A young boy stepped to the front of the narrow room. He took a blue velvet bag with brown wooden handles from the pastor leading the meeting. Standing before the room full of youth, boys and girls seated on the tile floor, he held the small empty bag, ready for the offerings of the worshippers.
Music played as one or two came forward to drop gifts from tightly closed fists into the bag. Children began to pull orange and green fruit from pockets, standing up and coming forward to with fruit and food gifts. With giggles and hand holding like any children moving from childhood to teenage years, they filed forward together. At the front of the room, they piled offerings of oranges and apples on the bench beside the boy with the velvet bag. Another slim boy with a wide smile delivered a yellow package of cookies, placing it beside the produce mound. He was closely watched by the group who sent him as their representative. The bag—holding boy stood dutifully by, though the gifts were too much and too many to stuff in his handled holder. Why these gifts from these children?
Months earlier, leaders of the church planting movement had been serving the rescued children of the Red Light District. At one time, they housed the children in a place of refuge, before deciding to work with others focusing their resources on the recovery of the youth coming out of this particular darkness. The children stayed for different amounts of time, until the government often returned them to the villages and homes they came from. Many came from neighboring Nepal and Bangladesh. The leaders and their churches purposed to nurture the spiritual needs of the wounded children, creating a place of healing in a unique congregation called Freedom Church.
Youth come to this place of worship on their own initiative, accompanied by house parents. They come together to sit on tile floors, girls on the left and boys on the right. They listen to stories explaining God’s truth and the true love offered to them through His Son Jesus Christ. At first, they stood at a distance from the gentle men who taught the truth, but they slowly began to trust and learn and receive. As they did, they found new reasons for joy and new desires to worship. With hearts in a place of healing, they learned to sing with the energy and gladness that comes from finding hope where there was none.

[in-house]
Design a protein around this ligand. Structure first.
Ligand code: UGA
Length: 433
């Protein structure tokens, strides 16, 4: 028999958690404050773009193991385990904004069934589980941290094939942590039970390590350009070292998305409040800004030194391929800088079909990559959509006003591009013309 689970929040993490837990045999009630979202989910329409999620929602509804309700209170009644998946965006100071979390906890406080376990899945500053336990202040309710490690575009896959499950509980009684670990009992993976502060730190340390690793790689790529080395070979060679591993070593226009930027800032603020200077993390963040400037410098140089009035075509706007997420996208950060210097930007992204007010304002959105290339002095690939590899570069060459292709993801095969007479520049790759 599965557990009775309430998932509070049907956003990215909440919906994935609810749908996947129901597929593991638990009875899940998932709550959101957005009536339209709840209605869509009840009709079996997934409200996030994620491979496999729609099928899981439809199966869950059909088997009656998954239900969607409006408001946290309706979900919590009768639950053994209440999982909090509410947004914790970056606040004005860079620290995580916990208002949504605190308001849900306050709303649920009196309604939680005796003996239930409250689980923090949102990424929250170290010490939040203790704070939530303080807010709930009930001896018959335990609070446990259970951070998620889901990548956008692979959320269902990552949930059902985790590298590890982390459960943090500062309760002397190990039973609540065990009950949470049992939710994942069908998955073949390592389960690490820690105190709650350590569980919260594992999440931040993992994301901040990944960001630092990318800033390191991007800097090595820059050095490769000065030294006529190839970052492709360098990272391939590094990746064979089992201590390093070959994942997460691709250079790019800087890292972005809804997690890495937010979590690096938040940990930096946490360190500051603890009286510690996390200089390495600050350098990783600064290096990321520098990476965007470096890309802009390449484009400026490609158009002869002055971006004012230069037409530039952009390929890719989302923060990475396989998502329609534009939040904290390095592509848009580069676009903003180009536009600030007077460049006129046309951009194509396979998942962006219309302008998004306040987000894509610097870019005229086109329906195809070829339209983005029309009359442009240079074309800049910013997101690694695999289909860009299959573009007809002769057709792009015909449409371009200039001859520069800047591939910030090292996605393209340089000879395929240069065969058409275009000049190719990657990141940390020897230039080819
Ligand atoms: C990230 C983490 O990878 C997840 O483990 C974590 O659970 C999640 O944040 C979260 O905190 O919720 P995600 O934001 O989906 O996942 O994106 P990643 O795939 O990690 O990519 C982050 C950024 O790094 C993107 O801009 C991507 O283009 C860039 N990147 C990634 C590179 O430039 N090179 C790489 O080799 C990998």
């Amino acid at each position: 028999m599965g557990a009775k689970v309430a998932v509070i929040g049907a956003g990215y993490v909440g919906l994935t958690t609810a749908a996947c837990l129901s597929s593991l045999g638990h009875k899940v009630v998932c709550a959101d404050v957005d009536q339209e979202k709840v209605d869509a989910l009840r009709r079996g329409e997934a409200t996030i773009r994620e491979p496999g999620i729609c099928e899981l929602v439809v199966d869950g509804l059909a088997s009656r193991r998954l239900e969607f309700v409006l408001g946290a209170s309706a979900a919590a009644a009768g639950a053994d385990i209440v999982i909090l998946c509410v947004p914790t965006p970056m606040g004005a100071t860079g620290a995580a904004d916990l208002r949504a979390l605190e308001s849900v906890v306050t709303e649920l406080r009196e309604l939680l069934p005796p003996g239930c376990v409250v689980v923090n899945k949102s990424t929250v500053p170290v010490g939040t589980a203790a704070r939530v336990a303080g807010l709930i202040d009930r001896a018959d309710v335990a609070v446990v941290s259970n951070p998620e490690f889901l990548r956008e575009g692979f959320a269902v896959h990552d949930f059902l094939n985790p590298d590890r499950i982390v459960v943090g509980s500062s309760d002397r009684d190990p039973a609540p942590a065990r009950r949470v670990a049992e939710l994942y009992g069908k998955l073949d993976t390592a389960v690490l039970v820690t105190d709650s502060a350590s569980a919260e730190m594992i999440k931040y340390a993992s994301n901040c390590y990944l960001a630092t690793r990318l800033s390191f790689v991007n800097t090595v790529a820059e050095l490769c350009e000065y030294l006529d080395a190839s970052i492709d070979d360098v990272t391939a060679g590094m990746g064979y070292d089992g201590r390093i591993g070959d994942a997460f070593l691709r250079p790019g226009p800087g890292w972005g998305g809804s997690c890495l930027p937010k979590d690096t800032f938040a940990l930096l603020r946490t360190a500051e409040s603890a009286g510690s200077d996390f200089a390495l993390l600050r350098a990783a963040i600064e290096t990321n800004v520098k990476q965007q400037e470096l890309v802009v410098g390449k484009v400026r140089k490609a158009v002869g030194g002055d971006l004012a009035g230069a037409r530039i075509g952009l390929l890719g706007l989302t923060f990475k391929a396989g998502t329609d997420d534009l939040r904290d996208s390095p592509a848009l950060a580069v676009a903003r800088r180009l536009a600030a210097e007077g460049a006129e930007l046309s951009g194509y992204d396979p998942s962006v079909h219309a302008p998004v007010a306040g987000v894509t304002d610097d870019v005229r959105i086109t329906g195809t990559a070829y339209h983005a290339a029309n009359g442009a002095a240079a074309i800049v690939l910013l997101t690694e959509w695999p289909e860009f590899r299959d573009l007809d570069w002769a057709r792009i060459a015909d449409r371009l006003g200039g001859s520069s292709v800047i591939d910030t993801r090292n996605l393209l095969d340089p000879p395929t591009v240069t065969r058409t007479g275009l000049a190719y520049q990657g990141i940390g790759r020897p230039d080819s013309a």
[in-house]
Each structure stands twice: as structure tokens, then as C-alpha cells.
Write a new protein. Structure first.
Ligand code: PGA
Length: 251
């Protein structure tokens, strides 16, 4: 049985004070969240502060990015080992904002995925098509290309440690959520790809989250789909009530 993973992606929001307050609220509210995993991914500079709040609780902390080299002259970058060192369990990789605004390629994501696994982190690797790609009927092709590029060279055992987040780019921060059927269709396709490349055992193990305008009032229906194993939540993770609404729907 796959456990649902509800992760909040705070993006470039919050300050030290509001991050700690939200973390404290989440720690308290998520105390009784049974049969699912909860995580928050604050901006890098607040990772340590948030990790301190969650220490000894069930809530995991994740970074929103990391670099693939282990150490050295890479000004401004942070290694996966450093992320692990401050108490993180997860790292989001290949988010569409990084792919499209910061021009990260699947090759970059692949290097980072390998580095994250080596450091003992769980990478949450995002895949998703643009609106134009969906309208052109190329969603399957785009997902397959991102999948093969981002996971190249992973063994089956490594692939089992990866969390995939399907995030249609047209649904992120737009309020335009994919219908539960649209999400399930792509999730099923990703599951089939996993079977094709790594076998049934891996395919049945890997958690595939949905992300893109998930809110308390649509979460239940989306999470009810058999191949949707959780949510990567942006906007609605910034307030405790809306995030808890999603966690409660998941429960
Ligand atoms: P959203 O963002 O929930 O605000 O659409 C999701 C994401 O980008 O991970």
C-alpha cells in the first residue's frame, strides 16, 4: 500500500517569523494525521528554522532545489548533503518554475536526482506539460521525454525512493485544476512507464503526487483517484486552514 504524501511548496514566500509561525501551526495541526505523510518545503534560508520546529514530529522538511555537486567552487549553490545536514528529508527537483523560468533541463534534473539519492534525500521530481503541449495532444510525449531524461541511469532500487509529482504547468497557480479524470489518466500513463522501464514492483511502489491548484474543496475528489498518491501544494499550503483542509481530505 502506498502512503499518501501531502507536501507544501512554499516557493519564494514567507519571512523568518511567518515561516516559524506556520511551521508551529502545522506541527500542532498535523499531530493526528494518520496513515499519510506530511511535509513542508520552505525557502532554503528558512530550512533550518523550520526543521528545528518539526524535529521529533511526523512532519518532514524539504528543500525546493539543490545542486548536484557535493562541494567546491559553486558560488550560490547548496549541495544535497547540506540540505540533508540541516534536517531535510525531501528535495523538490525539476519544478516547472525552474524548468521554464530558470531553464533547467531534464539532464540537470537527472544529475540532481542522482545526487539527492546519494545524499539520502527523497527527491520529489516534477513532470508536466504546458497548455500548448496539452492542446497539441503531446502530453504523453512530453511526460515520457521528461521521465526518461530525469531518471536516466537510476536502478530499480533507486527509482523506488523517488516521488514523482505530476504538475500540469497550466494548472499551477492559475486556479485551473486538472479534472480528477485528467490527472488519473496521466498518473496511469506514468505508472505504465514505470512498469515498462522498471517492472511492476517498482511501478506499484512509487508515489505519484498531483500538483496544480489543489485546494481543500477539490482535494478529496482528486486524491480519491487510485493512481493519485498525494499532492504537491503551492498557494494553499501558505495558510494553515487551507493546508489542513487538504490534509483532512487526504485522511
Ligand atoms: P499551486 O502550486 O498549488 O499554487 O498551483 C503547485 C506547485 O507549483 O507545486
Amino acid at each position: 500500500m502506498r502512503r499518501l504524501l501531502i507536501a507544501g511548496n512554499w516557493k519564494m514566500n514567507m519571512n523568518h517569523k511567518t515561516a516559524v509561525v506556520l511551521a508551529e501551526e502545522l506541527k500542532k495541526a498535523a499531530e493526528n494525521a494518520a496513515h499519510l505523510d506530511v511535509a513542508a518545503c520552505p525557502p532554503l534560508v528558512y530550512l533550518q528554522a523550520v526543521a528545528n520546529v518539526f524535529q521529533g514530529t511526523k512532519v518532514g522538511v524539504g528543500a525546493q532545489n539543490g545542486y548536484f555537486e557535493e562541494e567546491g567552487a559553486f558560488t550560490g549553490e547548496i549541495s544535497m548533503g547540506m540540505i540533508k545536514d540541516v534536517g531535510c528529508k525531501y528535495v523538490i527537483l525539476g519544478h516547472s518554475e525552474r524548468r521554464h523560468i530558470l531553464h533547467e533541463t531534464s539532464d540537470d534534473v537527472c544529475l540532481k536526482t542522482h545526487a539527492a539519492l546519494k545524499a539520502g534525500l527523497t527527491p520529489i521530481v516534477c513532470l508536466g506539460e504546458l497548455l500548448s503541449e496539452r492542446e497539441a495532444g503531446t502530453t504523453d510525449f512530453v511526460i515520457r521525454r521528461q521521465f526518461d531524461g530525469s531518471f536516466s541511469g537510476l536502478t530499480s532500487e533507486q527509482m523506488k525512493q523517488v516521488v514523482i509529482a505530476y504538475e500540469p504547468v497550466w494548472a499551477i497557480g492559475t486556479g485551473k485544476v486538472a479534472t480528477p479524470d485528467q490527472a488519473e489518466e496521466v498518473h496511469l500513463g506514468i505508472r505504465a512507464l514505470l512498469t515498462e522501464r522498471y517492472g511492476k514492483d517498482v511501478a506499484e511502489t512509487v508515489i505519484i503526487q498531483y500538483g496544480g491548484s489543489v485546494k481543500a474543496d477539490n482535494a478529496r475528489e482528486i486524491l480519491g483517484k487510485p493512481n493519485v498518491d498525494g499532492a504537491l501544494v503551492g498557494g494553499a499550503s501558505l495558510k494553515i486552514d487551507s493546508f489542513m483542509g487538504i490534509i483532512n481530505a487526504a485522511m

The pastor to the congregation of healing children took one month to teach them about how the Heavenly Father is the giver of all good things and how they can show their love for Him by giving something back. But they had no work, no possessions, no anything. They had nothing to give back to the Heavenly Father.
When it was time to take an offering, only one or two came. Only one or two had something to give. How do those with so little give anything at all?
That week, the children talked among themselves. Now that they knew about the Heavenly Father of Hope, they wanted to give Him something. On Sunday afternoons, before they came up the dark stairs to the Freedom Church gathering, they receive a snack—a fruit, a package of crackers, or biscuits. If they saved the Sunday snack, they agreed, they could have something to offer.
When Sunday came and night drew near, the children brought their gifts. So began the rhythm of weekly offering up the snack they receive, until it creates a mound from all they give. The pastor takes the heap of gifts, selling it to members and friends of the churches, putting the money into the Freedom Church account. Since the young congregation began to give, their sacrifices have fully paid for the costs of gathering together.
The children and youth of Freedom give sacrificially to the Heavenly Father who gave them hope. Precious personal possessions create their weekly heap, offered up by the hungry who have little, but are grateful for so much.
Please pray for the leaders of this unique congregation as they serve and teach the youth of Freedom Church. If you'd like to give your own offering to help support this church of children, you can give a gift at the link below.